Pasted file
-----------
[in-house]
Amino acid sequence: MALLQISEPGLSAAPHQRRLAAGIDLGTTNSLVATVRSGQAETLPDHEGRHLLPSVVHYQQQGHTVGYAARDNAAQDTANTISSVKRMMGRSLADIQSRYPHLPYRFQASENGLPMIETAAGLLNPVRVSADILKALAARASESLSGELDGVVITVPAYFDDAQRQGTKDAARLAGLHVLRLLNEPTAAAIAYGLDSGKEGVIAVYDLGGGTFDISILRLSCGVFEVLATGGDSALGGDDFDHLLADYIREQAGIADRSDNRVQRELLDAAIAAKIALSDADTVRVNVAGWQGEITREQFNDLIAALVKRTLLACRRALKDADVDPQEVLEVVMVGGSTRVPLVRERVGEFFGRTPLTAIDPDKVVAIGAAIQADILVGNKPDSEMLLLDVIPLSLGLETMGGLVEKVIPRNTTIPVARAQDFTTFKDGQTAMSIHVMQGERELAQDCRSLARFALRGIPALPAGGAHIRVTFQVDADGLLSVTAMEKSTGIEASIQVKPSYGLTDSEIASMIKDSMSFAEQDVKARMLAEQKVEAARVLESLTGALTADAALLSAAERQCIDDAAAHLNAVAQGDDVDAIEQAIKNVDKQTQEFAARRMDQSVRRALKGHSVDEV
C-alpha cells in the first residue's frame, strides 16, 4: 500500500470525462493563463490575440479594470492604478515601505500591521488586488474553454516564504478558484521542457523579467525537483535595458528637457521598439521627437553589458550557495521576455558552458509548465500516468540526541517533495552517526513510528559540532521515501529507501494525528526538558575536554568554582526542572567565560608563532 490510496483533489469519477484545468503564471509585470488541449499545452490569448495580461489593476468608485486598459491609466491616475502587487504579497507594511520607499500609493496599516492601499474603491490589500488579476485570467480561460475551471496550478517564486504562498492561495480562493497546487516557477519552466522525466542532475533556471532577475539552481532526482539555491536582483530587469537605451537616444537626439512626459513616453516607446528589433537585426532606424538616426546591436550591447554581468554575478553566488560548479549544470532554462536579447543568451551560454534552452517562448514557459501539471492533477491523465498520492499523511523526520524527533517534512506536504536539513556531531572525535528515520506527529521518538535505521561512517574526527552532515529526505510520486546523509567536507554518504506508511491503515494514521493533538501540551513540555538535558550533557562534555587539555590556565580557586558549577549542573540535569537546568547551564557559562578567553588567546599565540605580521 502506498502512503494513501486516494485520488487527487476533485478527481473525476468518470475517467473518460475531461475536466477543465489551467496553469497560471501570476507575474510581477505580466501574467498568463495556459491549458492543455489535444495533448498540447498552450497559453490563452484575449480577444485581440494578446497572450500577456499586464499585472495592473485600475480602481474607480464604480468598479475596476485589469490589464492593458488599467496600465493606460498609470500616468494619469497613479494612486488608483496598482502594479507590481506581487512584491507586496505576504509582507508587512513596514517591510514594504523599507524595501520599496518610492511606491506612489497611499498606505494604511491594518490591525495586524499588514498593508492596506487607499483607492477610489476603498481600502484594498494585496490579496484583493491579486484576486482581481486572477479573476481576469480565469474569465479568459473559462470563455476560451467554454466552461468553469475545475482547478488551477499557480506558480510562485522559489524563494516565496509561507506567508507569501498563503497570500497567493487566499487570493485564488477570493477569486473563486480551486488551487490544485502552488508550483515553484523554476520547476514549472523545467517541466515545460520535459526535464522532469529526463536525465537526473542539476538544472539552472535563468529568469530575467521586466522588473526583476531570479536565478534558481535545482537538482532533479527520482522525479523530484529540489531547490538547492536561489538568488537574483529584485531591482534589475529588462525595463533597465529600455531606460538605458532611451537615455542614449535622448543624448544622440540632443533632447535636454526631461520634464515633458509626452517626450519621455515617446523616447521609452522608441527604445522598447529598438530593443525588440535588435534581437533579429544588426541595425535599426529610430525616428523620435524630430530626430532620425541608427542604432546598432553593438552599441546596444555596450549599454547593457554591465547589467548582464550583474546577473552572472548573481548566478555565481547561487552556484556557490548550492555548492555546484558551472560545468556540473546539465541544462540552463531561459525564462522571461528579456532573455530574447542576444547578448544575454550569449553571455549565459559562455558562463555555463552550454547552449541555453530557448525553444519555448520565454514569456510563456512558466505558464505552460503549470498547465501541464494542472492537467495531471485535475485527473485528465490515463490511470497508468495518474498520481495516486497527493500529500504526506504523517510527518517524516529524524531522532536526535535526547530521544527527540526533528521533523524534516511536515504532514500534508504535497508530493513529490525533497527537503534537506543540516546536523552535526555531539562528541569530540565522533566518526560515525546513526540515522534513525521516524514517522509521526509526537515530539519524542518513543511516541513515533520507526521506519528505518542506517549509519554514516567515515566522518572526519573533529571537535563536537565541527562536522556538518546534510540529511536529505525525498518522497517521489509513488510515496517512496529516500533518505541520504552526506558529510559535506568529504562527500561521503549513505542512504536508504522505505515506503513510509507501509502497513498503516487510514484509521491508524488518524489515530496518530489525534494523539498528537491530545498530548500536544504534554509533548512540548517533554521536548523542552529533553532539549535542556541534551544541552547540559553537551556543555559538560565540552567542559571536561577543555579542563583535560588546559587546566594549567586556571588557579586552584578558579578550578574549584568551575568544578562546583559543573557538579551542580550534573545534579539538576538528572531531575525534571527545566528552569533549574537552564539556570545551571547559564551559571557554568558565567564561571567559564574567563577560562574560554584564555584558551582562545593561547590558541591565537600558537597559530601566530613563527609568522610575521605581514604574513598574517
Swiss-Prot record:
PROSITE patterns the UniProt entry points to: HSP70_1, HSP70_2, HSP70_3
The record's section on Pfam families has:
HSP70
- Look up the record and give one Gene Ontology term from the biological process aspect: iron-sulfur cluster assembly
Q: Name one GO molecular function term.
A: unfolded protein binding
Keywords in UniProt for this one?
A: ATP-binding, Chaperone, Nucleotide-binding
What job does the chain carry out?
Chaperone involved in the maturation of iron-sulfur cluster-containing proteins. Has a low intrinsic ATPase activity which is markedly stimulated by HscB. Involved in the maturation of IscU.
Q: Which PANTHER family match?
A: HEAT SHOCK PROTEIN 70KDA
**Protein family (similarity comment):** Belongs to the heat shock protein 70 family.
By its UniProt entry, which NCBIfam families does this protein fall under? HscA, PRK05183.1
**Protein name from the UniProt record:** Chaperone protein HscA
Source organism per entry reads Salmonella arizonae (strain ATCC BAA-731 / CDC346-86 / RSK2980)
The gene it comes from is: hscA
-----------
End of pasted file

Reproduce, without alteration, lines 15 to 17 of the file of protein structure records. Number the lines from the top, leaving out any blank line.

Q: Which PANTHER family match?
A: HEAT SHOCK PROTEIN 70KDA
**Protein family (similarity comment):** Belongs to the heat shock protein 70 family.